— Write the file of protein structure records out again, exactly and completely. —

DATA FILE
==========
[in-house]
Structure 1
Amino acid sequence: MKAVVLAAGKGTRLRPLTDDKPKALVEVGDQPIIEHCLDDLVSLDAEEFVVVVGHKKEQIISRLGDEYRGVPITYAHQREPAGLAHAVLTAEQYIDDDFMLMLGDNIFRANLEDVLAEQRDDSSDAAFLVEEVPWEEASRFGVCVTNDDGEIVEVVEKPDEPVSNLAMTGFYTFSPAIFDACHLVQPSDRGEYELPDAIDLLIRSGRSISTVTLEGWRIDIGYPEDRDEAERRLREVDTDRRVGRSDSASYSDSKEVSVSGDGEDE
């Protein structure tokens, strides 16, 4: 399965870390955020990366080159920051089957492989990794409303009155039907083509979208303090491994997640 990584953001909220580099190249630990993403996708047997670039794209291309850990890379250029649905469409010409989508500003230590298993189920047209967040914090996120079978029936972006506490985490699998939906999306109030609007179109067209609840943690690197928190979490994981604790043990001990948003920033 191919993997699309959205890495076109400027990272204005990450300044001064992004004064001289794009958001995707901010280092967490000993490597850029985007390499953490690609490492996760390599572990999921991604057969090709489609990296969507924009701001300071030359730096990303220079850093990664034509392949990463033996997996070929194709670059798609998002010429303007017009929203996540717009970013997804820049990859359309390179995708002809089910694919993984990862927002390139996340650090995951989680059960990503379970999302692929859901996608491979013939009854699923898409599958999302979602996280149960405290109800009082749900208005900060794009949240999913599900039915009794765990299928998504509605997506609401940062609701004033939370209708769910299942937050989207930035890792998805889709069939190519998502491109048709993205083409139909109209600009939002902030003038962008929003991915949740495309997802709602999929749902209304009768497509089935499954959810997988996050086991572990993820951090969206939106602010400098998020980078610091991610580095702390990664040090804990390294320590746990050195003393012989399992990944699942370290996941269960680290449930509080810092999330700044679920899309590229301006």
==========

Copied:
[in-house]
Structure 1
Amino acid sequence: MKAVVLAAGKGTRLRPLTDDKPKALVEVGDQPIIEHCLDDLVSLDAEEFVVVVGHKKEQIISRLGDEYRGVPITYAHQREPAGLAHAVLTAEQYIDDDFMLMLGDNIFRANLEDVLAEQRDDSSDAAFLVEEVPWEEASRFGVCVTNDDGEIVEVVEKPDEPVSNLAMTGFYTFSPAIFDACHLVQPSDRGEYELPDAIDLLIRSGRSISTVTLEGWRIDIGYPEDRDEAERRLREVDTDRRVGRSDSASYSDSKEVSVSGDGEDE
């Protein structure tokens, strides 16, 4: 399965870390955020990366080159920051089957492989990794409303009155039907083509979208303090491994997640 990584953001909220580099190249630990993403996708047997670039794209291309850990890379250029649905469409010409989508500003230590298993189920047209967040914090996120079978029936972006506490985490699998939906999306109030609007179109067209609840943690690197928190979490994981604790043990001990948003920033 191919993997699309959205890495076109400027990272204005990450300044001064992004004064001289794009958001995707901010280092967490000993490597850029985007390499953490690609490492996760390599572990999921991604057969090709489609990296969507924009701001300071030359730096990303220079850093990664034509392949990463033996997996070929194709670059798609998002010429303007017009929203996540717009970013997804820049990859359309390179995708002809089910694919993984990862927002390139996340650090995951989680059960990503379970999302692929859901996608491979013939009854699923898409599958999302979602996280149960405290109800009082749900208005900060794009949240999913599900039915009794765990299928998504509605997506609401940062609701004033939370209708769910299942937050989207930035890792998805889709069939190519998502491109048709993205083409139909109209600009939002902030003038962008929003991915949740495309997802709602999929749902209304009768497509089935499954959810997988996050086991572990993820951090969206939106602010400098998020980078610091991610580095702390990664040090804990390294320590746990050195003393012989399992990944699942370290996941269960680290449930509080810092999330700044679920899309590229301006």